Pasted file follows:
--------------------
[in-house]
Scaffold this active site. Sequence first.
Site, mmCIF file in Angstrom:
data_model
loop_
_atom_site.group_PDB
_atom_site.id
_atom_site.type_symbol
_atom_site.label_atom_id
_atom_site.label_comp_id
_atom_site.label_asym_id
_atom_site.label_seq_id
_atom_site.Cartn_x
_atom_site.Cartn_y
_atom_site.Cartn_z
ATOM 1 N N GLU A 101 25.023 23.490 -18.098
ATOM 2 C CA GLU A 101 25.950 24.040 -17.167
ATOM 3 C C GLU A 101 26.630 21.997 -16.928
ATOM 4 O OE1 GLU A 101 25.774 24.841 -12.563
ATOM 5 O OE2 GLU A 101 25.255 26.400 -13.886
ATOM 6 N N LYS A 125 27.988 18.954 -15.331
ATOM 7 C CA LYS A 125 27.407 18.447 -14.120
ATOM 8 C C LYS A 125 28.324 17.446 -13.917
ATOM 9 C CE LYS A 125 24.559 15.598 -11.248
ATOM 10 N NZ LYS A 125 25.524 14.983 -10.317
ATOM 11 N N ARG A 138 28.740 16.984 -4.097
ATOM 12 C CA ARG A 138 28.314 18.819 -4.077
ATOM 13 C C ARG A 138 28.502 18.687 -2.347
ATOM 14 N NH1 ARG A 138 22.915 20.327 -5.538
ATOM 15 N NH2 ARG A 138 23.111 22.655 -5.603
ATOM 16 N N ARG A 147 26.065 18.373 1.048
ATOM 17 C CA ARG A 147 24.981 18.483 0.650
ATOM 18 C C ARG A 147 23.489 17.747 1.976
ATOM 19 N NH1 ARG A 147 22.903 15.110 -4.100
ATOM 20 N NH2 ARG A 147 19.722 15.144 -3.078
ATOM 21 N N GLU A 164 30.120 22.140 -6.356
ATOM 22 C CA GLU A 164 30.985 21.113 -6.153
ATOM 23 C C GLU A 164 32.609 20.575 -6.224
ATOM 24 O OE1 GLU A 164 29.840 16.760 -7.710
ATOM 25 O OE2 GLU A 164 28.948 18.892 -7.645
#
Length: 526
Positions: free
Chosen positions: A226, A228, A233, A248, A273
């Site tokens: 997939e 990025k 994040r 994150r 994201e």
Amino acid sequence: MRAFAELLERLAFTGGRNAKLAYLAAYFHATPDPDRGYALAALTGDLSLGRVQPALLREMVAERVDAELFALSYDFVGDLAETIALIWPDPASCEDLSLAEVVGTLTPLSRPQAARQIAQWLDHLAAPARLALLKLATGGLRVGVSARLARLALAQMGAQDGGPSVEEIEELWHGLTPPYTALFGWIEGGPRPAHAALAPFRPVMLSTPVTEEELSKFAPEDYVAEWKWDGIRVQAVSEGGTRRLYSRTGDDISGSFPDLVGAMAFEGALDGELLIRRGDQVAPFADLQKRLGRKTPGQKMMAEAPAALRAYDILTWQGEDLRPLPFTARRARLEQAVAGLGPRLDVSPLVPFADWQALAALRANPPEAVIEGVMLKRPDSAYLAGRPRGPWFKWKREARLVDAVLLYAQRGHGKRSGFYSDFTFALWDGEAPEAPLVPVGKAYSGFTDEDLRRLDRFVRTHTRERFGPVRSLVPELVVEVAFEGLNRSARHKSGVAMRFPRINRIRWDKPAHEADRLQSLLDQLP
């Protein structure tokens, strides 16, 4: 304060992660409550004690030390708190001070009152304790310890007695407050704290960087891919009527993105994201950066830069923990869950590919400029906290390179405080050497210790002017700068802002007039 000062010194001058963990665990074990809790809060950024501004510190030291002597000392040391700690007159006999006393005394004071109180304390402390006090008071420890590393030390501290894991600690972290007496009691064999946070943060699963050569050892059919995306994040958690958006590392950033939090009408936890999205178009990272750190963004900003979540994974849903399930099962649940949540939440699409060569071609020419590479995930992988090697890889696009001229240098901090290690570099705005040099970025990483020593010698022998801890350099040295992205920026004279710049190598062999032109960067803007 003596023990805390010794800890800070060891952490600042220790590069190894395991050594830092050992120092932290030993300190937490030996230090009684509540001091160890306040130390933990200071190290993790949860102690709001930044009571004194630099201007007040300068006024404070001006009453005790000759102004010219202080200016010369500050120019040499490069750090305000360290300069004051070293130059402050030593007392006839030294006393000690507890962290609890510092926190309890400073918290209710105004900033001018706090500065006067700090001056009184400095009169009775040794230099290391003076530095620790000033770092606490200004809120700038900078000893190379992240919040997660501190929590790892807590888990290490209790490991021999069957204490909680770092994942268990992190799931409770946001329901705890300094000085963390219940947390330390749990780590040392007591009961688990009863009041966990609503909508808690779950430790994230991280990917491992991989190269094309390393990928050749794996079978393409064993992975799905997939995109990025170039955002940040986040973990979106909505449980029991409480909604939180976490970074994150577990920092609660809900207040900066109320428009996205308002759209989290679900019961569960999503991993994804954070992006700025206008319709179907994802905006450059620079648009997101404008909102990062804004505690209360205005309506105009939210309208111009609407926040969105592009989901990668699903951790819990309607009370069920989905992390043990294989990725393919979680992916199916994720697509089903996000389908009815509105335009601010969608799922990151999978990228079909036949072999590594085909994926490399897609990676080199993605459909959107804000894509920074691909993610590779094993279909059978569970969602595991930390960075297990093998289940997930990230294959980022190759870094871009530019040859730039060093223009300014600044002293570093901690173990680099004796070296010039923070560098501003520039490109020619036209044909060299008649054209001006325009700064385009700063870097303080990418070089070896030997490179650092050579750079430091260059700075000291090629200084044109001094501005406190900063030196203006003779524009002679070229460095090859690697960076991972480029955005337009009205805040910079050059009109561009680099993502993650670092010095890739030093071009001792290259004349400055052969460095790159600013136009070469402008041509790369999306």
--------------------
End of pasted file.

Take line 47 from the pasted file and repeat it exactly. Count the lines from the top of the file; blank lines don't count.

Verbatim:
């Protein structure tokens, strides 16, 4: 304060992660409550004690030390708190001070009152304790310890007695407050704290960087891919009527993105994201950066830069923990869950590919400029906290390179405080050497210790002017700068802002007039 000062010194001058963990665990074990809790809060950024501004510190030291002597000392040391700690007159006999006393005394004071109180304390402390006090008071420890590393030390501290894991600690972290007496009691064999946070943060699963050569050892059919995306994040958690958006590392950033939090009408936890999205178009990272750190963004900003979540994974849903399930099962649940949540939440699409060569071609020419590479995930992988090697890889696009001229240098901090290690570099705005040099970025990483020593010698022998801890350099040295992205920026004279710049190598062999032109960067803007 003596023990805390010794800890800070060891952490600042220790590069190894395991050594830092050992120092932290030993300190937490030996230090009684509540001091160890306040130390933990200071190290993790949860102690709001930044009571004194630099201007007040300068006024404070001006009453005790000759102004010219202080200016010369500050120019040499490069750090305000360290300069004051070293130059402050030593007392006839030294006393000690507890962290609890510092926190309890400073918290209710105004900033001018706090500065006067700090001056009184400095009169009775040794230099290391003076530095620790000033770092606490200004809120700038900078000893190379992240919040997660501190929590790892807590888990290490209790490991021999069957204490909680770092994942268990992190799931409770946001329901705890300094000085963390219940947390330390749990780590040392007591009961688990009863009041966990609503909508808690779950430790994230991280990917491992991989190269094309390393990928050749794996079978393409064993992975799905997939995109990025170039955002940040986040973990979106909505449980029991409480909604939180976490970074994150577990920092609660809900207040900066109320428009996205308002759209989290679900019961569960999503991993994804954070992006700025206008319709179907994802905006450059620079648009997101404008909102990062804004505690209360205005309506105009939210309208111009609407926040969105592009989901990668699903951790819990309607009370069920989905992390043990294989990725393919979680992916199916994720697509089903996000389908009815509105335009601010969608799922990151999978990228079909036949072999590594085909994926490399897609990676080199993605459909959107804000894509920074691909993610590779094993279909059978569970969602595991930390960075297990093998289940997930990230294959980022190759870094871009530019040859730039060093223009300014600044002293570093901690173990680099004796070296010039923070560098501003520039490109020619036209044909060299008649054209001006325009700064385009700063870097303080990418070089070896030997490179650092050579750079430091260059700075000291090629200084044109001094501005406190900063030196203006003779524009002679070229460095090859690697960076991972480029955005337009009205805040910079050059009109561009680099993502993650670092010095890739030093071009001792290259004349400055052969460095790159600013136009070469402008041509790369999306």